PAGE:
AI-Driven Gloves With Ability To ‘Feel’ Helps Stroke Patients Relearn To Play The Piano

Alex Dolce

For individuals who have endured the hardships of a debilitating stroke, the simplest tasks, like tying shoelaces or brushing teeth, can transform into major challenges.

This struggle becomes even more poignant when such individuals derive immense joy from life through their ability to play the piano.

However, a glimmer of hope now emerges in the form of a specially crafted robotic glove designed explicitly for piano playing. Developed at Florida Atlantic University, this ingenious device harnesses the power of artificial intelligence (AI) to enable pianists to experience some of the sensations necessary for their musical performance.

The Florida Atlantic University press wrote in an announcement article, “Combining flexible tactile sensors, soft actuators, and AI, this robotic glove is the first to “feel” the difference between correct and incorrect versions of the same song and to combine these features into a single hand exoskeleton.”

Distinguishing itself from conventional prosthetics, this innovation resembles more of a robotic garment than a mechanized limb or organ. It integrates advanced polysynthetic fibers and hydrogel materials to encompass five strategically placed actuators that snugly fit onto a person’s head.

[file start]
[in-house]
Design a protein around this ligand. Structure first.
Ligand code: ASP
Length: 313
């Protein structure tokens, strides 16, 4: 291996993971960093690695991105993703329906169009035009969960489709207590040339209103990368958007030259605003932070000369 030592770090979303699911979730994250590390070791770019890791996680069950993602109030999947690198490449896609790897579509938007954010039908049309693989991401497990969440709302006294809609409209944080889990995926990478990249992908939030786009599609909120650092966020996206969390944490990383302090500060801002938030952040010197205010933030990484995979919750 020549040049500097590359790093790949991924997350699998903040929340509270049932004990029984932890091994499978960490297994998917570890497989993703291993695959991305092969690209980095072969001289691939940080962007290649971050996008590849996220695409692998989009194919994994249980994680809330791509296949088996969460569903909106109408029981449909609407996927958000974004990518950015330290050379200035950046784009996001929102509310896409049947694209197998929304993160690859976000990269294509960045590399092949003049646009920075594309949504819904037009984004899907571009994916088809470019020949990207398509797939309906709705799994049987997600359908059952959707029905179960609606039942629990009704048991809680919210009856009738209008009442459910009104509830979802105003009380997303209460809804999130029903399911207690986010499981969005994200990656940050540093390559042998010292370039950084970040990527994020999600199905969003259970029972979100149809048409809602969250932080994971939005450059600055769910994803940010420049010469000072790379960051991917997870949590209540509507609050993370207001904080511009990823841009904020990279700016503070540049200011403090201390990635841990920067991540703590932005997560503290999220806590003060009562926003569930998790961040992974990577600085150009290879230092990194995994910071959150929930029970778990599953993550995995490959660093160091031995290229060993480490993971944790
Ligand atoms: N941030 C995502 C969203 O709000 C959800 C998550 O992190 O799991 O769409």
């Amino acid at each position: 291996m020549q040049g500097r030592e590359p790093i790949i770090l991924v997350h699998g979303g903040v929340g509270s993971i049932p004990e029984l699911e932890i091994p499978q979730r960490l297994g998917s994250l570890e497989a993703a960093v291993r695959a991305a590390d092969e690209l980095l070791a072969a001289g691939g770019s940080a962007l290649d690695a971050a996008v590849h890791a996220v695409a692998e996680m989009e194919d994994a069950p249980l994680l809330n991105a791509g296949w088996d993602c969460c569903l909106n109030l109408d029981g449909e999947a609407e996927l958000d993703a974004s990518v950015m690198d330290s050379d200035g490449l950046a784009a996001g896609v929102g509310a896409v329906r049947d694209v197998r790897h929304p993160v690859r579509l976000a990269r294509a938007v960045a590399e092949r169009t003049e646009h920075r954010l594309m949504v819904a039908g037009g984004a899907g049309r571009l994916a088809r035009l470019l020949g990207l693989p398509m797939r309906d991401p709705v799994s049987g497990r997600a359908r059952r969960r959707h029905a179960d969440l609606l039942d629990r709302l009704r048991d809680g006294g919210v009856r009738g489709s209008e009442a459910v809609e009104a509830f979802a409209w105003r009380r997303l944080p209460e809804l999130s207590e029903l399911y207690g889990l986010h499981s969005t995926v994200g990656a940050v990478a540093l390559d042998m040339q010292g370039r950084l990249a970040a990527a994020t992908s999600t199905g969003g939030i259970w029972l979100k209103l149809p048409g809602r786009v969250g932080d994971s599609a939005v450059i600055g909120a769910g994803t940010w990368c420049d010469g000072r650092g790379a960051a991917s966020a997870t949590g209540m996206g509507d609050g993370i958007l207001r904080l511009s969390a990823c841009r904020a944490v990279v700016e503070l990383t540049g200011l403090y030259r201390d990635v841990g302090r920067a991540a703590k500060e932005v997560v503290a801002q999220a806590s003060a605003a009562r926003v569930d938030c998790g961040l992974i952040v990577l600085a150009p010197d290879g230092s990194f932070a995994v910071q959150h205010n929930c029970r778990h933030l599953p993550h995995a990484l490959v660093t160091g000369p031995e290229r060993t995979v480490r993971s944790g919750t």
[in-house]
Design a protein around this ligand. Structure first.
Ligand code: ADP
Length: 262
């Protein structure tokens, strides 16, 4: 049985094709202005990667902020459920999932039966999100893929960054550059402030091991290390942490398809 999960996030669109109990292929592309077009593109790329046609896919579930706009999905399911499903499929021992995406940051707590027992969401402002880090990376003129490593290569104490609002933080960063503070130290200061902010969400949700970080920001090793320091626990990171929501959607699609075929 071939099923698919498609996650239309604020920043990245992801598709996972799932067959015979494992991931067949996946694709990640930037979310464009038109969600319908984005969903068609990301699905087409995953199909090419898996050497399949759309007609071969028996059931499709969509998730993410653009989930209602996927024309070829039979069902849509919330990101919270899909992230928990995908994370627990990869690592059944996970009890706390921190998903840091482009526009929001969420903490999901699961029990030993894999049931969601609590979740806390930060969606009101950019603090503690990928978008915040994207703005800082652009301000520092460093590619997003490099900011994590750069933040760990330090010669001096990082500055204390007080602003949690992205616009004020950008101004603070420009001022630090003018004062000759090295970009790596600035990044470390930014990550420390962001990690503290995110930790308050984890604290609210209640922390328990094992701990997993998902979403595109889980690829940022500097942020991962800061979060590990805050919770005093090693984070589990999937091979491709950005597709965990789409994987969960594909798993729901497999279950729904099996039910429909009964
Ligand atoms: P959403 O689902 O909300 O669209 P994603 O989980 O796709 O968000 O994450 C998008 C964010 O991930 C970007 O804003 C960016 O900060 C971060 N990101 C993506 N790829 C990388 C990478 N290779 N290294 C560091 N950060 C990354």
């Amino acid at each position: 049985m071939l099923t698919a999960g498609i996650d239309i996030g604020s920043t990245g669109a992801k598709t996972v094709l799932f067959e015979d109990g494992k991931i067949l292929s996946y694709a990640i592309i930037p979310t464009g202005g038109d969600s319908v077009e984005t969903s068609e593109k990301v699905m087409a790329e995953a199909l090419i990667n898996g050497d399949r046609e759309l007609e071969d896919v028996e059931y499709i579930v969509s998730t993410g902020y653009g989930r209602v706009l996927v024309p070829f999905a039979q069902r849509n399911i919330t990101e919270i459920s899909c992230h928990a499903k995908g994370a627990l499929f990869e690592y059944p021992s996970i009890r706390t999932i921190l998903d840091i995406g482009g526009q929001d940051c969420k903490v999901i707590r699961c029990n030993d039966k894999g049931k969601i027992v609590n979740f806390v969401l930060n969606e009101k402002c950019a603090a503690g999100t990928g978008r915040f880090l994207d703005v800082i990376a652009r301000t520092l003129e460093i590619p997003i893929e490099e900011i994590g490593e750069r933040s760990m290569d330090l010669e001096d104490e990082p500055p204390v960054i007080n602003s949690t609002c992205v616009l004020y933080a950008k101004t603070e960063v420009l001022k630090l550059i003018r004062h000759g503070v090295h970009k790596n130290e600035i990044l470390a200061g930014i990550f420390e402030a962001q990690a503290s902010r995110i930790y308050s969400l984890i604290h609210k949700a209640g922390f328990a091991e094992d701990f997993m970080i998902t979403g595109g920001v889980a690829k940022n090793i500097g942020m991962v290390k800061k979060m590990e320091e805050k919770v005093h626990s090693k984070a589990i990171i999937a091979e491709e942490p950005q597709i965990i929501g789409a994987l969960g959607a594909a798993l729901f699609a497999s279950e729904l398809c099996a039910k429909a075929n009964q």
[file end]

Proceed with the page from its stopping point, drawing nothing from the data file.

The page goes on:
The AI-driven capabilities of the glove facilitate the coordination of the fingers, with a keen focus on identifying twelve distinct types of errors that may occur while striking piano keys. These errors range from striking a note too forcefully to holding it for an excessive duration.

Erik Engeberg, Ph.D., senior author, and a professor in FAU’s Department of Ocean and Mechanical Engineering, said “Playing the piano requires complex and highly skilled movements, and relearning tasks involves the restoration and retraining of specific movements or skills.”

“Importantly, although this study’s application was for playing a song, the approach could be applied to myriad tasks of daily life and the device could facilitate intricate rehabilitation programs customized for each patient,” he added.

The study results of the comprehensive study, encompassing three distinct deep-learning algorithms, yielded remarkable results. In the presence of a human subject, the glove showed an impressive 97% accuracy in playing the classic tune “Mary Had a Little Lamb.” Incredibly, even without direct human intervention, it maintained an impressive 94% accuracy.

The engineers behind this robotic glove marvel proposed that clinicians can use the data from both the mistakes and successes in a patient’s weakness in a particular song. Theoretically, the glove is actually capable of much greater complexity than nursery rhymes, says the engineers.

To learn more about this, take a look at the video below: